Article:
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The Electronic Telegraph British Universities v Indians, Match Report
Norman Harris - 26-28 June 1996

Day 1: Manjrekar dances his way to century

First day of three: The Indians are 389-5 against British Universities

While Scott Boswell, a spirited good old-fashioned fast bowler, was rewarded with a fine wicket for the British Universities, it was the footwork of Sanjay Manjrekar that caught the eye here yesterday.

There was no hint of the Indian's ankle injury in the frequency and certainty with which he danced out to drive. Early on, he swept a powerful six and before long he was making life a misery for the off-spinners, Richard Dibden and Mark Wagh, both being dispatchedfor three fours in an over.

Manjrekar's hundred quite put the 73 of Mohammed Azharuddin in the shade, his captain's runs made at a cautious and understandably convalescent pace.

``It's good to be back on the field again and though the ankle is still weak, from now on it is a mental thing,'' Manjrekar said. He is now expected to replace Ajay Jadeja in next week's third Test against England at Trent Bridge.

Day 2: Indian signs are hard to fathom

Second day of three: Indians (457-6 dec & 2-0) lead British Univs (217) by 242 runs

A shudder went around Fenner's yesterday. It came not from events on the field, where the Indian spinners were resisted with spirit until they got into the tail, but from the rumour that touring sides did not want to play the students anymore.

The Australians, it was said, were rejecting traditional fixtures next summer against amateur, minor county and student opposition; and the Indians felt likewise. But the Australian fixtures have not yet been confirmed, so the hope is that the home authorities will insist on continuing to give experience to the best university players, at least.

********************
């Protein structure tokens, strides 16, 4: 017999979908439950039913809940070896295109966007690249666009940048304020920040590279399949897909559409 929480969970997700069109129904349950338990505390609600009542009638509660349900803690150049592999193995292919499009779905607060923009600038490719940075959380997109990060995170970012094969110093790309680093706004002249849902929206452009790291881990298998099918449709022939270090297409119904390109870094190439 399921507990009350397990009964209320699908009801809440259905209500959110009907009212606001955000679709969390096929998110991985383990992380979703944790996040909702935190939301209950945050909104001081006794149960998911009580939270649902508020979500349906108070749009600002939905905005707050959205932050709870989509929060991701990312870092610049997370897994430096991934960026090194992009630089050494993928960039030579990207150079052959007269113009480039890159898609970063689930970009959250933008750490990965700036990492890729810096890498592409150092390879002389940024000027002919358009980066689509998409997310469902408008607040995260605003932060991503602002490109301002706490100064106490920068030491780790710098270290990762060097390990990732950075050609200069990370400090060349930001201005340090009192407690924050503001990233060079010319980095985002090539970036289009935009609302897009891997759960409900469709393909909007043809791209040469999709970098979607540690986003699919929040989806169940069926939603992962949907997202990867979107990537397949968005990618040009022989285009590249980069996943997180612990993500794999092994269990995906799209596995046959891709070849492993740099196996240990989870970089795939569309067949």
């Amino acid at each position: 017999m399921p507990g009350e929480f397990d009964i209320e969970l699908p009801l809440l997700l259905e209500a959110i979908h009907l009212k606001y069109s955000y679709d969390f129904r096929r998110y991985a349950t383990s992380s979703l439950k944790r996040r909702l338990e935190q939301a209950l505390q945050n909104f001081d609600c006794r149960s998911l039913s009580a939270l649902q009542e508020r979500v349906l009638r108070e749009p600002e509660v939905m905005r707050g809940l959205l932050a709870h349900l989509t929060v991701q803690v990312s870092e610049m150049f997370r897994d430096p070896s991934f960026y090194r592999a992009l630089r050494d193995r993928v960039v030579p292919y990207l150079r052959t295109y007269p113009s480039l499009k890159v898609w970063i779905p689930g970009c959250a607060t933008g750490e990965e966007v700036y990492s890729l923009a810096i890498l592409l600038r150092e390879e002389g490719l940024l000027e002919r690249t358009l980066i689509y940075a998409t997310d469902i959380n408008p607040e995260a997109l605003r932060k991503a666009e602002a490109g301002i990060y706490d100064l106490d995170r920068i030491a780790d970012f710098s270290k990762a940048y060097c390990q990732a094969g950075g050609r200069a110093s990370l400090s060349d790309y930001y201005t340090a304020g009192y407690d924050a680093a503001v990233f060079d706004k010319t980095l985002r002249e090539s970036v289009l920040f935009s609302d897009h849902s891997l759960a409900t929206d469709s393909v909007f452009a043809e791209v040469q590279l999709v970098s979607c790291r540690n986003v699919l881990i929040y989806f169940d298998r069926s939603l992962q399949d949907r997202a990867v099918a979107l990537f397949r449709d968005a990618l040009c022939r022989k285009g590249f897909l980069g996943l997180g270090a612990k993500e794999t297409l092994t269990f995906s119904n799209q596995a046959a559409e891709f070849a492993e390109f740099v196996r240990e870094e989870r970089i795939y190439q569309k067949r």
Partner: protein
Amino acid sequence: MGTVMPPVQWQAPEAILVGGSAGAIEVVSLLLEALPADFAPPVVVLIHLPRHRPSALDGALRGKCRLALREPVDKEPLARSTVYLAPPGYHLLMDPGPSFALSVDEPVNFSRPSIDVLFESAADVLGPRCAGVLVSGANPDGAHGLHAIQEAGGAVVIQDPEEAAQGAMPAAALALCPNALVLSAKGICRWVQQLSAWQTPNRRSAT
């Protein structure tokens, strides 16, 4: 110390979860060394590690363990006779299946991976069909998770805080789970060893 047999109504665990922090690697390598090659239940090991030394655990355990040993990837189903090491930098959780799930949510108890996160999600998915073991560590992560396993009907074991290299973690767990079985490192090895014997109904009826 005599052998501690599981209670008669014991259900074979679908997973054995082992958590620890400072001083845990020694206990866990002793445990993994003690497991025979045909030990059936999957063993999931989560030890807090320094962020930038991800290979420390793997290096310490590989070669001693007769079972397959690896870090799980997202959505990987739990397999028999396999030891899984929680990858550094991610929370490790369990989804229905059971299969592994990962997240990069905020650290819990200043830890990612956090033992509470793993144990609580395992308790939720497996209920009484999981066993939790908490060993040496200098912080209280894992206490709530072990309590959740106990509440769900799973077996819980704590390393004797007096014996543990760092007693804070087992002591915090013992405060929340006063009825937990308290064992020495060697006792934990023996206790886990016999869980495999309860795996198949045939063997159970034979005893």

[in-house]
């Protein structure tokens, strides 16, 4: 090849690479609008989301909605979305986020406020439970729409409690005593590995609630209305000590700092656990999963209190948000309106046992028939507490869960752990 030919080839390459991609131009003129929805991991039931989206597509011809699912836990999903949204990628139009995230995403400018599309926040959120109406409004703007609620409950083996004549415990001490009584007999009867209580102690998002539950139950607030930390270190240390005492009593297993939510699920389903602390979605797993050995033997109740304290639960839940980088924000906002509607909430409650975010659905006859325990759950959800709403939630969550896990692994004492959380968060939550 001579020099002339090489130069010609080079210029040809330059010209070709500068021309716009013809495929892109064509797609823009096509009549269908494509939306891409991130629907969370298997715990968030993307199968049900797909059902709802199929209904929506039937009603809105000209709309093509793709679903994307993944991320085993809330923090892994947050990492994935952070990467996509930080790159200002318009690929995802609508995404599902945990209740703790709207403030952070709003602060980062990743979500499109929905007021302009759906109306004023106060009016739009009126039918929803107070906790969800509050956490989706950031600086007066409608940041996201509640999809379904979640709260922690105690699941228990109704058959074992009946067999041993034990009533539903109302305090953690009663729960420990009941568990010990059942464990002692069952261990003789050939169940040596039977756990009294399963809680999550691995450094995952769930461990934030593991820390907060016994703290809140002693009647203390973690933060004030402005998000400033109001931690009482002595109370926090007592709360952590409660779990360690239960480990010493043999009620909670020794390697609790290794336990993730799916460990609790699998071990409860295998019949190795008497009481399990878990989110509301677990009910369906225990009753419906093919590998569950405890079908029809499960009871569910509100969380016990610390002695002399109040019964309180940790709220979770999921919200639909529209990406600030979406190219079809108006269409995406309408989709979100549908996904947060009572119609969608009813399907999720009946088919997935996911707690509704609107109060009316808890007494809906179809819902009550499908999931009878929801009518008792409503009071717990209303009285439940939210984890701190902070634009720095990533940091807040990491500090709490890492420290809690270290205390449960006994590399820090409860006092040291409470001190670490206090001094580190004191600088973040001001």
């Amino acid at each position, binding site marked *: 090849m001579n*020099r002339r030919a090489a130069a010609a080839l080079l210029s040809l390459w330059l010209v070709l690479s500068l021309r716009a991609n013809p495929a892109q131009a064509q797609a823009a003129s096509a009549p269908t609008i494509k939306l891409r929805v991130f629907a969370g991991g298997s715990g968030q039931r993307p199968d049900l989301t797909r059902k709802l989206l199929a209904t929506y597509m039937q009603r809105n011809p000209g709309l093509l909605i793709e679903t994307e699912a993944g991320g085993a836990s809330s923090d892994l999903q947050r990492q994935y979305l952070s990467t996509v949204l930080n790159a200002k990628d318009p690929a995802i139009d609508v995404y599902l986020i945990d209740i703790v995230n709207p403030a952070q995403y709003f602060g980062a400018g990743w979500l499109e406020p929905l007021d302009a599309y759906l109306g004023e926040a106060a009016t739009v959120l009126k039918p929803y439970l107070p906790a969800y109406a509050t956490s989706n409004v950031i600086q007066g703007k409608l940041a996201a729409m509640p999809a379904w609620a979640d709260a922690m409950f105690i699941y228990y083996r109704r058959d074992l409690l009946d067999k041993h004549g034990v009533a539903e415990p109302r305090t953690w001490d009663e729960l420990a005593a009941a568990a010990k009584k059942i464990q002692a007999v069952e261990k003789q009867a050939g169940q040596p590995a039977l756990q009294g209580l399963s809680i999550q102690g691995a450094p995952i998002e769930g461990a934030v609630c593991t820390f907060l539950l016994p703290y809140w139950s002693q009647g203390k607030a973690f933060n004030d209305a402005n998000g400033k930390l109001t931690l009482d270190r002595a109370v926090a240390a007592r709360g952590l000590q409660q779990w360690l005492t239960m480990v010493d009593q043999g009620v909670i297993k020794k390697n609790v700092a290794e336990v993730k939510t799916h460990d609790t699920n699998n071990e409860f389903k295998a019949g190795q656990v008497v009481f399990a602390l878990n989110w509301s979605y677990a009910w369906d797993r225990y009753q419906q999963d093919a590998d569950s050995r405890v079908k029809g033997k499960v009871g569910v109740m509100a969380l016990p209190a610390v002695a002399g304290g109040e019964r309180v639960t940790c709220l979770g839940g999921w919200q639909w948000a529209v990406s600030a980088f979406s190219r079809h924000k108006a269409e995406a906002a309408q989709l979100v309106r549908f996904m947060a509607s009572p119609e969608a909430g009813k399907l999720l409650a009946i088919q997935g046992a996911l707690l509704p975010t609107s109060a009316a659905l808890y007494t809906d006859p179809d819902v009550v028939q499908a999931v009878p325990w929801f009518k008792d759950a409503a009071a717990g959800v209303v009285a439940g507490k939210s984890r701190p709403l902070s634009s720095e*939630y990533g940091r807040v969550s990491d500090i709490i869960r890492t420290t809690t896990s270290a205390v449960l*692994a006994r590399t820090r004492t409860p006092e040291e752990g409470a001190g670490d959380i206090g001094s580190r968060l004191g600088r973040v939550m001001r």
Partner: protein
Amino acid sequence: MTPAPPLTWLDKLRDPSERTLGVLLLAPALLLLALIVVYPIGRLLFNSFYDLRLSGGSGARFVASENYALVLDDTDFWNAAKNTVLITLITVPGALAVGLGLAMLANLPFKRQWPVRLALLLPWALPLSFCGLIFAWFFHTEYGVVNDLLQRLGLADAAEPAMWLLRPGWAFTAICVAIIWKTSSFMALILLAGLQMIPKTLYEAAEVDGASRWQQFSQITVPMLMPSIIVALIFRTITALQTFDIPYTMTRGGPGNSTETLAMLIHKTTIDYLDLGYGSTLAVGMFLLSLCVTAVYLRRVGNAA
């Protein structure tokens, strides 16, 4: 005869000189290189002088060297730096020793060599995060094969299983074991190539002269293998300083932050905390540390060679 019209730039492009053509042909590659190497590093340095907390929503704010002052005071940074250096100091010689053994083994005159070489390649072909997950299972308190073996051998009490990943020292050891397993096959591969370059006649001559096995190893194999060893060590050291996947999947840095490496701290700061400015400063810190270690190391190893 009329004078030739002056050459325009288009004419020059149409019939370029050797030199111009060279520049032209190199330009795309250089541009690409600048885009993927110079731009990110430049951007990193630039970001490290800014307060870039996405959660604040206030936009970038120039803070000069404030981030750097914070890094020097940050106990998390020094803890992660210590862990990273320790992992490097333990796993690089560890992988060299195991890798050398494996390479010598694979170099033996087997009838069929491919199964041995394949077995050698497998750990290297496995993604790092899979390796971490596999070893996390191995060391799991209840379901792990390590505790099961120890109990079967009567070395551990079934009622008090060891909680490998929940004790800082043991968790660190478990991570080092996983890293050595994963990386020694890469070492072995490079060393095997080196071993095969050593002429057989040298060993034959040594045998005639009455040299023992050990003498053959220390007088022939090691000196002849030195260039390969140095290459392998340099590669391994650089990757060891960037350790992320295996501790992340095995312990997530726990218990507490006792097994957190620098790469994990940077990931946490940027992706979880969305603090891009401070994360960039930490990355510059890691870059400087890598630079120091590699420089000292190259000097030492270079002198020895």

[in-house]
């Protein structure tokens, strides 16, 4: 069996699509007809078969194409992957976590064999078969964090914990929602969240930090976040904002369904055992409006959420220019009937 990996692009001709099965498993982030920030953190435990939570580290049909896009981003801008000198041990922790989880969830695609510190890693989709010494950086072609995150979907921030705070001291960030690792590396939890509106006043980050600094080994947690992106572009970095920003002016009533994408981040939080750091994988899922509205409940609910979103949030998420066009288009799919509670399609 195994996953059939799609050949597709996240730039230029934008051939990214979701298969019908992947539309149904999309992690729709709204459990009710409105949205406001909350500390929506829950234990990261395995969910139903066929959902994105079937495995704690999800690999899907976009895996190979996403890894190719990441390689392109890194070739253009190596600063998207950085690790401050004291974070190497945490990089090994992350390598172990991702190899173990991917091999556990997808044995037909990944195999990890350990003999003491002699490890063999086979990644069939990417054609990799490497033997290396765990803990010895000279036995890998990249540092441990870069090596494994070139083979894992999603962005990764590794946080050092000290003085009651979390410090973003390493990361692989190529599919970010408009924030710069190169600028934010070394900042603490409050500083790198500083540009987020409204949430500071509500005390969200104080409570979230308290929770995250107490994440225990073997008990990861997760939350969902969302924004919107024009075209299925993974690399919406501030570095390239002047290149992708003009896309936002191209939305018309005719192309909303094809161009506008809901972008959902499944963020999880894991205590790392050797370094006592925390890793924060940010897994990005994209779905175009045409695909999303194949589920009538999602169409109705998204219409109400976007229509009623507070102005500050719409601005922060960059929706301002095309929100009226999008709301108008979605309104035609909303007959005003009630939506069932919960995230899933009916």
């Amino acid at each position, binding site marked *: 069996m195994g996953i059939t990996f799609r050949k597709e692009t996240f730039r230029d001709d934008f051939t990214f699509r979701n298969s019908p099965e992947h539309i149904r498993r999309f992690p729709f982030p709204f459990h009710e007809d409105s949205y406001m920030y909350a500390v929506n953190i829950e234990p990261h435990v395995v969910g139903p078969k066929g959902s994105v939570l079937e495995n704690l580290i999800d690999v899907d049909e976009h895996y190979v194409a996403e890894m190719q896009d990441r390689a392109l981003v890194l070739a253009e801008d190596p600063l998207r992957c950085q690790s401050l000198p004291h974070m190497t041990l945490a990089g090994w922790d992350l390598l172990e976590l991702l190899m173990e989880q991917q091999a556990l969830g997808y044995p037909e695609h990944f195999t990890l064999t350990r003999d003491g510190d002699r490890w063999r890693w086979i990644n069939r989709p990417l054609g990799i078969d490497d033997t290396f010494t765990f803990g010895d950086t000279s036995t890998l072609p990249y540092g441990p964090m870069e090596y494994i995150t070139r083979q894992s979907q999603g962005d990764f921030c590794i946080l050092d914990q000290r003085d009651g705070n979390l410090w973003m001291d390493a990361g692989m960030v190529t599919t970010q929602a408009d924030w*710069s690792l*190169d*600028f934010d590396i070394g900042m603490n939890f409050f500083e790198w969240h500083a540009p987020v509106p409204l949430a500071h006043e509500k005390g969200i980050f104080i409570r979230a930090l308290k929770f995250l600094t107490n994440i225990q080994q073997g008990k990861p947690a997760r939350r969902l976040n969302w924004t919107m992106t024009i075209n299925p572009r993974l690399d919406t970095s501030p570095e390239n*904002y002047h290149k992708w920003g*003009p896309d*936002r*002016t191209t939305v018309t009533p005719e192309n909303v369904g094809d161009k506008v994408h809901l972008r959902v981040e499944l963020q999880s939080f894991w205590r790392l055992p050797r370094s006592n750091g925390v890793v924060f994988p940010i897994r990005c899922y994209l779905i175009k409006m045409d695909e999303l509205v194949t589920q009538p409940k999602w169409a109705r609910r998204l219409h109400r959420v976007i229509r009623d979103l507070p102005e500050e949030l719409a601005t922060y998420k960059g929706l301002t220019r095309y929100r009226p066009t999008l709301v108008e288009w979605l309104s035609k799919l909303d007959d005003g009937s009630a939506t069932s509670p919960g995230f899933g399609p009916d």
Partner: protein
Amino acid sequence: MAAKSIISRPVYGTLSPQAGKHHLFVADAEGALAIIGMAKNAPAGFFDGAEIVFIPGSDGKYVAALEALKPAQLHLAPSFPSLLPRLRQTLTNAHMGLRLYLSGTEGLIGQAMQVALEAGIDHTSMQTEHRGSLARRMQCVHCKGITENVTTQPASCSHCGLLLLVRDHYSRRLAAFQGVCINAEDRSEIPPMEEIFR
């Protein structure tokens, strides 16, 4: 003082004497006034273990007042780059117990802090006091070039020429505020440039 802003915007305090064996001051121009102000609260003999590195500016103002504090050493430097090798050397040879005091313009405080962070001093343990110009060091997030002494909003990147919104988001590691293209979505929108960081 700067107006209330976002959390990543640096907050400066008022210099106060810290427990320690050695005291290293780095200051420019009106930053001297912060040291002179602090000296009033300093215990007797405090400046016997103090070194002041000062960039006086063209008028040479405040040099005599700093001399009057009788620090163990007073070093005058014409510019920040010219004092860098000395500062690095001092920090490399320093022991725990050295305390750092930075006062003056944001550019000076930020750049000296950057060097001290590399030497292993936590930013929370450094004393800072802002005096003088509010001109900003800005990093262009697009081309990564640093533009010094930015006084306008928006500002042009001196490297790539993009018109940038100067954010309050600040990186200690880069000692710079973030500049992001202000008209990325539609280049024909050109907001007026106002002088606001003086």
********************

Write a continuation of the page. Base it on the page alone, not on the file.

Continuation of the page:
But how good was this intelligence, which stemmed from the Indian camp? It was also said that the tourists' impatience at this fixture would cause them to bat only once and seek to win as quickly as possible. In the event, they declined to enforce the follow-on.

The students did well to recover their poise after a dismaying start, poor Chinmay Gupte falling first ball of the innings to a perfectly delivered off-stump yorker.

The new man, Anurag Singh, was quickly into the stride which has brought him runs against the counties. On 49, a handsomely formed off-drive would have produced his ninth four, but instead the leg-stump went down. Narendra Hirwani, meanwhile, took six wickets.

Day 3: Indians content on batting go-slow

Pity anyone who paid to watch the final day at Fenner's. Not only was the Indians' intention to bat out the day quite clear, they started at a slower pace than for any other phase of the match -barely one run an over.

It was apparent that everyone, umpires included, were hoping that early afternoon rain would put an end to it, but unluckily the sky brightened and forced a continuation.

The biggest beneficiary was Rahul Dravid, with his first century of the tour, while the bright spot for the students was the bowling of the energetic Scott Boswell.

He gained the early wicket of Vikram Rathore, caught in the slips from an uncertain back defensive stroke, and when he returned much later he still looked genuinely quick, with decent bounce, on an unhelpful pitch.

But watching cricketers practise is not the same thing as watching a cricket match - unhappily, a match that was unique among recent student games against the touring teams, all the rest of which have seen the universities batting in the final innings.

Source: The Electronic Telegraph
Editorial comments can be sent to The Electronic Telegraph at et@telegraph.co.uk